Most - all? - subjects have been treated already… just not in every imaginable way, but it’s obvious that writers in the 21th Century are somewhat “handicapped” by “what already exists”. So, I pledge for optimization of our technical stuff at least, since, very obviously, all the technical prerequisites are there; leaving “goodies” out, and then accepting those misses, from the user-side, corresponds to further, and deliberate, “maso”, self-handicapping: I am, personally, quite happy with my combination of some Windows two-pane outliner (as Scrivener is), in combination with thousands of external macro code lines, but I seriously think Scrivener should introduce user-sided tree elements’ formats (and, ideally, filtering by those then, including filter combinations for display / export) ASAP, both in its Mac and Windows versions; and people who systematically chime in to pretend, “this software is good enough as it is”, should be called saboteurs of what we all strive at: add something, to be, very benevolently, considered valid, to what already exists.

Not sure I get what you mean by “tree element”, but otherwise Scrivener has all of that.


Since you are not a Scrivener user, you may not be aware of the abundant metadata that can be assigned to (and then searched for) Scrivener’s Binder items. I would recommend having a look at our trial version, which you can download here: Download Scrivener | Literature & Latte

Once you’ve spent some time with it, maybe worked through the Tutorial, we would welcome your feedback on ways in which it might more effectively serve your needs.

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Could you provide screenshots, please?

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As I said, the best way to determine whether Scrivener will meet your needs is to explore the software yourself. Metadata specifically is discussed in the Inspector section of the Tutorial. Tools for making metadata visible in the interface can be found in the View menu.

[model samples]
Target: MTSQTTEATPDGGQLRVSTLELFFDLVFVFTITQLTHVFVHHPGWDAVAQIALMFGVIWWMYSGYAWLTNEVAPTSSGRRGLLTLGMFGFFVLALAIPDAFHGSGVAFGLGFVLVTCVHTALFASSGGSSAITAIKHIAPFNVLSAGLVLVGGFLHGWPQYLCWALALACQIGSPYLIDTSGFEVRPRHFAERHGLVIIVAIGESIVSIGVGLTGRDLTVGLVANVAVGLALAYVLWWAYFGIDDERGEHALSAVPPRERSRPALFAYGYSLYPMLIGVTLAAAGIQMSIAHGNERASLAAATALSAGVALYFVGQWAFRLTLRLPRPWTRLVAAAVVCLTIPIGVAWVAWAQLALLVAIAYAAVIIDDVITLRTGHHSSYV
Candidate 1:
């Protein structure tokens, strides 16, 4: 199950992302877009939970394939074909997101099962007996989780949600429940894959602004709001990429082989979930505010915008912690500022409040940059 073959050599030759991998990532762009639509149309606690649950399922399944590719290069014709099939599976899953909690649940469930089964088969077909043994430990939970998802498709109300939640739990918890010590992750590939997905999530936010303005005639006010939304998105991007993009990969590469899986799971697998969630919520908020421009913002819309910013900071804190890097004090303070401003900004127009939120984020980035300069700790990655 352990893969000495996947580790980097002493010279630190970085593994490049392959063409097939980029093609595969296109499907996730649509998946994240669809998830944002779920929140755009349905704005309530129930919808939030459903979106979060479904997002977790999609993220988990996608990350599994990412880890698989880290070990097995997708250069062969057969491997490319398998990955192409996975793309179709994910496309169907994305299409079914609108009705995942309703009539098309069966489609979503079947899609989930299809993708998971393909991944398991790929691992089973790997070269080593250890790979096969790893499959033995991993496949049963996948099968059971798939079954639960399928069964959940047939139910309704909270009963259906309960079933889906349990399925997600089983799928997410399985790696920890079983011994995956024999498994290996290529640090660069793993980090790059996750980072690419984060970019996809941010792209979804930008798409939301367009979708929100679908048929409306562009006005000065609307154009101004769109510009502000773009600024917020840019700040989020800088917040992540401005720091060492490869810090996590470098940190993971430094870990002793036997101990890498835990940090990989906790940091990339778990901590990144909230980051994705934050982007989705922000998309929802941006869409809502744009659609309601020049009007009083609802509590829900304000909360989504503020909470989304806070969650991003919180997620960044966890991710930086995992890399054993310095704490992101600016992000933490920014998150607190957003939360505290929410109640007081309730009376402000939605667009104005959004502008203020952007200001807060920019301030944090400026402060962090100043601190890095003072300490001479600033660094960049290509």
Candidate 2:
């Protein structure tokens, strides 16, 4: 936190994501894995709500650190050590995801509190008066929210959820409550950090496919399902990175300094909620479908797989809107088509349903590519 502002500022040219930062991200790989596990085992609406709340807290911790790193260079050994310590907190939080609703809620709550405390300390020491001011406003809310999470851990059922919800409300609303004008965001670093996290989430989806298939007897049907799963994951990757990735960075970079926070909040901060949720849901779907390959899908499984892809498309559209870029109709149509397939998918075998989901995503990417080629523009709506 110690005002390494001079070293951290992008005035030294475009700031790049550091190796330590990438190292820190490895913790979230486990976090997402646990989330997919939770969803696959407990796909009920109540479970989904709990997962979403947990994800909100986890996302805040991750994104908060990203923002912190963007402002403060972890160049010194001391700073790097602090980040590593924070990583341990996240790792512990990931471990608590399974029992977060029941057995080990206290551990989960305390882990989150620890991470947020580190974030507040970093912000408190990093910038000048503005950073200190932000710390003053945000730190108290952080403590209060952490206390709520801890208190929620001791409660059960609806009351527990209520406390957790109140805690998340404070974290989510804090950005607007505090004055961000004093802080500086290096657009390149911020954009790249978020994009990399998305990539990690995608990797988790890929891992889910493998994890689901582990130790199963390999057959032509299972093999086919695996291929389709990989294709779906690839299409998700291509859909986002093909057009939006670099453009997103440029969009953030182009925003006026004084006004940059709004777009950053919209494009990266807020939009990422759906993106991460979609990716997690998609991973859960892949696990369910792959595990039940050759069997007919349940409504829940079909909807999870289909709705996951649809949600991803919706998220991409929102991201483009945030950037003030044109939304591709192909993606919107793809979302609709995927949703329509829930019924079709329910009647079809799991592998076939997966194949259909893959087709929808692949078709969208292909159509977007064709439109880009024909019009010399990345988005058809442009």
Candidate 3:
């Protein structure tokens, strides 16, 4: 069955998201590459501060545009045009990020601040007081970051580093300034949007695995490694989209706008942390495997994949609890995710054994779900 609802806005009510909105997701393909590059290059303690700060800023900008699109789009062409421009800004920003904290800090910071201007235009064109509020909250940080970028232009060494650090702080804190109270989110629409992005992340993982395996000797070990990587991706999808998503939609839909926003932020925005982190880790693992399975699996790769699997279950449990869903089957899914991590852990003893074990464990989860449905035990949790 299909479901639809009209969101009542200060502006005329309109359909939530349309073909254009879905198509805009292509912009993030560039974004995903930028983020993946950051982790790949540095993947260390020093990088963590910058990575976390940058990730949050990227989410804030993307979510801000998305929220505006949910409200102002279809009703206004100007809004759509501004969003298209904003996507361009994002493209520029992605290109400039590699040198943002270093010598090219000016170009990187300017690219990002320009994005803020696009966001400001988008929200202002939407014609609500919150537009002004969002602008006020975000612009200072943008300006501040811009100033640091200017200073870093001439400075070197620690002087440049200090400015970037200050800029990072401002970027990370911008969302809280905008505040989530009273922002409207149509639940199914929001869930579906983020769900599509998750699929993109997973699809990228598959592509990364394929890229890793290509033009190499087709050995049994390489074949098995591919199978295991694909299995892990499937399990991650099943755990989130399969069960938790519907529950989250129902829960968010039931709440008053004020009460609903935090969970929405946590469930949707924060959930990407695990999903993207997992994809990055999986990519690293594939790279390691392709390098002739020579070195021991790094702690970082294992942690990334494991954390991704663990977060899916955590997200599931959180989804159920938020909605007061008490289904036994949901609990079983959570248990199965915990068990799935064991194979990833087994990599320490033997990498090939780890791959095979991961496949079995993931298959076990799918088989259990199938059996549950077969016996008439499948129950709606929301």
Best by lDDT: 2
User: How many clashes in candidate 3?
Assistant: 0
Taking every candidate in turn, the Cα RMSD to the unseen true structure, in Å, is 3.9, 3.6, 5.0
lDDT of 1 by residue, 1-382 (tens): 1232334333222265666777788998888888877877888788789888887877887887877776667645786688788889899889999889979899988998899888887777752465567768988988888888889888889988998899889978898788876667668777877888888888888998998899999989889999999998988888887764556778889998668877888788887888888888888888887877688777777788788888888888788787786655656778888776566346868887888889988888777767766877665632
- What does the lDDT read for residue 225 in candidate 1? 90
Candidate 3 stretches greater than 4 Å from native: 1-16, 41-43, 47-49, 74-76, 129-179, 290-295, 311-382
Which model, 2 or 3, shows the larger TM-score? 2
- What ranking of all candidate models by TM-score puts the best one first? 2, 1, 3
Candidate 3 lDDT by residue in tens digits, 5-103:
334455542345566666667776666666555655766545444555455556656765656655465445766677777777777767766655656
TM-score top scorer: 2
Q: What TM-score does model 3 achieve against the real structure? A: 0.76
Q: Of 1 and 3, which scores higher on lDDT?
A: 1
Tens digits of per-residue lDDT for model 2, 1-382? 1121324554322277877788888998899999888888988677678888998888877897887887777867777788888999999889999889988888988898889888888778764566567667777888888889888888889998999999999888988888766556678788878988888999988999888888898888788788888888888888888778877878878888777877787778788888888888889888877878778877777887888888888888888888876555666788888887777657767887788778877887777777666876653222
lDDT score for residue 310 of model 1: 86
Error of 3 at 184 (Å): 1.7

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Everything I displayed here is searchable, filterable, aside for the icons.
(I went for the extreme ; it doesn’t look that crazy-colorful and visually all over the place in a normally constituted project.)

That’s all I’ll post.
@kewms advice is pretty much the only valid one.


Thank you for advice and partial screenshot; unfortunately, my “Binder” doesn’t comprise any “Draft” by default. Sorry for mentioning a “tree”, this term is used in the “Binder” chapter, so I thought it was acceptable.

I choose “Novel Format”, “with Parts/Chapters”, so I got “Manuscript”, with “Part”, with “Chapter”, with “Scene”, then renamed those “Scenes”, and even “Add[ed] new text”, in order to get non-default tree elements (oops, I said it again!); I then found no way to format any of them (but lots of fiddles, like flags, icons, “Use label color in Binder”, and so on; ^b, ^i, ^u not working, ditto by “Format” sub-menu (greyed-out); I didn’t find a way to (text or background) color either; there is one single, middle-grey, background format, called “Show as binder separator”; this single format would then correspond, in a way, to the single “material/research/or whatever they call it” user-available tree element formatting in the other writing app for which some “Aeon” integration is available (as also is for Scrivener).